Friday, December 04, 2009

How much is 'enough' when it comes to a death tax?

Apparently, about half - for now...

Yesterday, the House of Representatives voted in favor of keeping a 45% death tax on estates valued over $3.5 million. The $3.5 million is NOT indexed to inflation. The tax was scheduled to be repealed next month.

Our rep, Marcy Kaptur, joined 25 other Democrats and all Republicans (including Bob Latta) in voting against the measure.

Now, you may think that anyone with an estate worth $3.5 million can certainly 'afford' to pay more taxes, but that's not the point. Nor is the fact that 'it only' impacts a small number of estates.

House Speaker Nancy Pelosi said, the bill is "founded on the ideas of equality and opportunity."

Really?

How is it 'equal' to tax some people at 45% and others at nothing? How does taking half of a person's inheritance match the idea of 'opportunity'?

Rep. Jared Polis, D-Colorado, was even more onerous. He said:

"This bill gives our nation's wealthiest families the ability to know exactly what their obligation to the nation that fostered their wealth will be, and it is fair and it is just."

So the nation's wealthiest families have an 'obligation' to give half of what they've earned and worked so hard for to the government? How in the world can anyone think that is even remotely 'fair' or 'just'?

Remember, these inheritances are often assets which have already been taxed when they were acquired or accessed/sold. Many of the assets of a family are not easily disposed of, meaning that property or small family businesses (one example was the owner of as few as four convenience stores) would have to be liquidated in order to meet the tax obligation.

Of course, this is just the federal government. In Ohio, the estate tax is $23,600 plus 7% of the excess over $500,000. So for a $3.5 million estate, you'd have to pay $233,600.

***Side note: The City of Toledo has a budget revenue line item for estate taxes, but the Taxation Department wasn't aware of a specific form for paying inheritance tax. I was transferred to a person in the Finance Department who said she'd investigate this for me and respond. If there is a Toledo tax, I'll include it when I get the information.***

Combined, you'd have to come up with at least $1,808,600 in cash to pay your state and federal obligations. Again, if the inheritance is in property or machinery or inventory, you'd have to liquidate to meet the obligation.

How 'fair' and 'just' is that? And does this really represent the foundations upon which this country was based - foundations of 'equality' and 'opportunity'??? I don't think so.

As Randall Holcombe wrote, "Once you have earned something, it should be yours, and it is unfair for the government to confiscate it when you die."

Democrats who passed the bill are spinning this 'taking' as a positive. Prior to the President Bush tax cuts in 2001, the rate was 55% on anything above $1 million. In December, the tax was to be repealed for at least one year. Without a further vote making the death tax permanent, the tax would have reverted to the 55% rate in 2011. Republicans were hoping to make the repeal permanent, but Democrats have instead voted in the 45% and are touting it as a 'cut' from the 55% that will "cost" the federal government $235 billion over the next decade.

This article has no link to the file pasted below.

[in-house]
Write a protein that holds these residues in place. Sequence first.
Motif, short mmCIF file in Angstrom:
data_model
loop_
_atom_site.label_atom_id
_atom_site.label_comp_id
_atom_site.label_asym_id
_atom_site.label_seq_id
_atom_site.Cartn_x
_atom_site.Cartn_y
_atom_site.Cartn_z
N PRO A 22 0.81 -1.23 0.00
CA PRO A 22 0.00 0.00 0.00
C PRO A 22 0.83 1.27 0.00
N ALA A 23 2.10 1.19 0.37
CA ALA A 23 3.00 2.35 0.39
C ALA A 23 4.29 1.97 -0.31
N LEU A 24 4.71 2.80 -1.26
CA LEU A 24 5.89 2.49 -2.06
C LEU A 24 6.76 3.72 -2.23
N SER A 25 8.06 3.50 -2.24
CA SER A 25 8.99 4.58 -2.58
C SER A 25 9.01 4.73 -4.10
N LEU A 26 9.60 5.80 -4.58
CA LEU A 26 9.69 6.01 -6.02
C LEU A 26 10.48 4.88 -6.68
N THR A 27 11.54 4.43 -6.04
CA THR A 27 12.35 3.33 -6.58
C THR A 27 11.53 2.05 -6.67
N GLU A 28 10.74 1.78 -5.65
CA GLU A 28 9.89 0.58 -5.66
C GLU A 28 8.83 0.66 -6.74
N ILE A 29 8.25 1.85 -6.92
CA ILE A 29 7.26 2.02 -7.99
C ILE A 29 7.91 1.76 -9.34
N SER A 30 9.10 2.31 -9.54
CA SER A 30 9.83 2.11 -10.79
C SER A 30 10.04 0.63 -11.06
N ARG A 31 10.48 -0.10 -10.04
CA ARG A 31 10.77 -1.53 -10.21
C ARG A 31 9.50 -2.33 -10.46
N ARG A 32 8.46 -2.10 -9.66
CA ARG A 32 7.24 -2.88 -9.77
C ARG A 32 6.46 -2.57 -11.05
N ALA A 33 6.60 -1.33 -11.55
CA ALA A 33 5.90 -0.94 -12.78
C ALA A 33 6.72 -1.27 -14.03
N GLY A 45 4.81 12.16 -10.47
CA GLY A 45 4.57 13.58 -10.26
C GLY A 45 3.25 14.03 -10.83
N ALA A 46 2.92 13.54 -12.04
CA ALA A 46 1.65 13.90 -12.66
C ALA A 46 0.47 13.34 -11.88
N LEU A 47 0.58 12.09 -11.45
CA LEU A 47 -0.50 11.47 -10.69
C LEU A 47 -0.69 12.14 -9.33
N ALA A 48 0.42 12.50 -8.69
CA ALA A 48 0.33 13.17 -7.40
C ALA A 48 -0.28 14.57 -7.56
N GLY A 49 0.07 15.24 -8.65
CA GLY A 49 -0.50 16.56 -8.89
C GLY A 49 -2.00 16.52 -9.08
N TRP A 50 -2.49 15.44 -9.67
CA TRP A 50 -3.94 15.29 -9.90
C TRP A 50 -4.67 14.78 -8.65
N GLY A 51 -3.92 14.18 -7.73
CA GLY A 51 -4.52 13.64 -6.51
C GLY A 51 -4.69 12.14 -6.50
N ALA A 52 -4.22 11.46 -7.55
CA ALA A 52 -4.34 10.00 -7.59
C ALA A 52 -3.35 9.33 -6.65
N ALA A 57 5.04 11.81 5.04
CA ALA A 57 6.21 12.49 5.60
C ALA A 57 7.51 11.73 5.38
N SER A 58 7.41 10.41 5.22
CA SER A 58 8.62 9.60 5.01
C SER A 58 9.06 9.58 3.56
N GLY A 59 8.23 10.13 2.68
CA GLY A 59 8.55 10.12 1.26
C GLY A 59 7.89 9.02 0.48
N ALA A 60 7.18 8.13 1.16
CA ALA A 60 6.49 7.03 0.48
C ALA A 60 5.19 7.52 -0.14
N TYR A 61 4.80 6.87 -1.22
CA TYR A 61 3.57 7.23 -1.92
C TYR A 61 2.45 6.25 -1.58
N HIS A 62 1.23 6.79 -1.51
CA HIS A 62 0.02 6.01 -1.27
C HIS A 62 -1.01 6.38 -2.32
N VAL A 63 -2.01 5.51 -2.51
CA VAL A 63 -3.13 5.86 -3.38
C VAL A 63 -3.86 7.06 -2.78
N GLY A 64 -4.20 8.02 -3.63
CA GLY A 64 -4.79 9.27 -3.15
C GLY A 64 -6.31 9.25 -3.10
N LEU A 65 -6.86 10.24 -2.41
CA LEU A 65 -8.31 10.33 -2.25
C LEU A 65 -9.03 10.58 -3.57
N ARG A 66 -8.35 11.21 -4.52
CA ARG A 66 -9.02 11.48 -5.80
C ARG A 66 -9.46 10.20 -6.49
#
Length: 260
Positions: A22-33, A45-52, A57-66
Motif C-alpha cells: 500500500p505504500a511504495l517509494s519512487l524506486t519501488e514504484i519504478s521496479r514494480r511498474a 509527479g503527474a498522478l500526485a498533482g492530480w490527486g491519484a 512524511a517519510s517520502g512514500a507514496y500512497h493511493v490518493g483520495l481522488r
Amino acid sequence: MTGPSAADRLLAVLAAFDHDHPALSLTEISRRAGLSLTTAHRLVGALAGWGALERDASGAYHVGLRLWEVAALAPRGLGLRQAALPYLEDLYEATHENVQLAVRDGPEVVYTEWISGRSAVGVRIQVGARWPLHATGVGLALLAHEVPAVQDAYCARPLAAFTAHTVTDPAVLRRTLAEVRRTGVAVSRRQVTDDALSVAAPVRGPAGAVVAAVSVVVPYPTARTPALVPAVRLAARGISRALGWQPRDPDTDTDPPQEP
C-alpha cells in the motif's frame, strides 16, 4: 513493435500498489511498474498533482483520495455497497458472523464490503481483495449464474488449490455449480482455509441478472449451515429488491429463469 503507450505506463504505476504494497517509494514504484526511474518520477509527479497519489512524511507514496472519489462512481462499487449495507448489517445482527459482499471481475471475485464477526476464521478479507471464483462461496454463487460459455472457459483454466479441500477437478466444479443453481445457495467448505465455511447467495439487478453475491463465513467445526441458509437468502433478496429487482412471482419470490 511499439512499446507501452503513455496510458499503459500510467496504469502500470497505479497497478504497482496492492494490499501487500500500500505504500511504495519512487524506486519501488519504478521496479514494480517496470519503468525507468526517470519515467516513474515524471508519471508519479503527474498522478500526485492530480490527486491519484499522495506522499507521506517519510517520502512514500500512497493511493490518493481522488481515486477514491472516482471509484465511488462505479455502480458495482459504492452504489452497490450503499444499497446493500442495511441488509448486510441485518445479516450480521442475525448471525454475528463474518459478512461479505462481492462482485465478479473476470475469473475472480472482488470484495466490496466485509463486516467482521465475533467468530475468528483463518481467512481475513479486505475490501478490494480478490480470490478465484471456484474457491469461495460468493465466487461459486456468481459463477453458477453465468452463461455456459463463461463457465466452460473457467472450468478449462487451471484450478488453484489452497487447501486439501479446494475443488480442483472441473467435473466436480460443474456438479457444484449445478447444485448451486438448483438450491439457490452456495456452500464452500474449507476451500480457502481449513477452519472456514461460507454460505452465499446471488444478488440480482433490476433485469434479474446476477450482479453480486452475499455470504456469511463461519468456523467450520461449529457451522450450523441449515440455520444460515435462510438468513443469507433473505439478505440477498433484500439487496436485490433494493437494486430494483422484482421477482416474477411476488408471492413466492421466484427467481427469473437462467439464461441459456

The real problem is the expectation of our politicians that they have any claim whatsoever to your inheritance - or that you 'owe' everyone else in the United States because your relatives worked hard and established a business or made money.

While they say it isn't a 'sin' or a 'crime' to be rich - they sure do want to penalize you for achieving their concept of that status.

Hopefully, the Senate will be too preoccupied with health care to address this before the end of the year. Maybe it will give Republicans and the American public time to pressure all of them into repealing this destructive death tax entirely.

3 comments:

DeeDee Liedel said...

Maggie said:

"***Side note: The City of Toledo has a budget revenue line item for estate taxes, but the Taxation Department wasn't aware of a specific form for paying inheritance tax. I was transferred to a person in the Finance Department who said she'd investigate this for me and respond. If there is a Toledo tax, I'll include it when I get the information.*** "

Just to clarify, local governments benefit from the state's Estate Tax. Toledo does not have a separate estate tax (don't give them any ideas, please.)

When a decedent's estate tax is paid to the county treasurer, you report the jurisdiction of residence at death and that jurisdiction gets (I think) 75% of the estate tax. So that is where the line-item is coming from in Toledo's budget.

In Sylvania township, we typically budget around $700,00 per year based on prior year averages, but the amount we actually gets fluctuates greatly depending on factors obviously not in our control (although whether or not we spend that estate tax revenue is within the trustees' control).

Maggie Thurber said...

Thanks, DeeDee, for the information!

Tim Higgins said...

Maggie,

What's amazing is that so few people see the estate tax or the capital gains tax is double taxation. You are taxed once on income as you accumulate it, then taxed again when you earn interest on it or when you bequeath it.

We appear to have created not only an entitlement class of citizens, but an entitlement government.

It was James Madison who said:
"Government is instituted to protect property of every sort ... This being the end of government, that alone is not a just government ... nor is property secure under it, where property which a man has in his personal safety and personal liberty is violated by arbitrary seizures of one class of citizens for the service of the rest."

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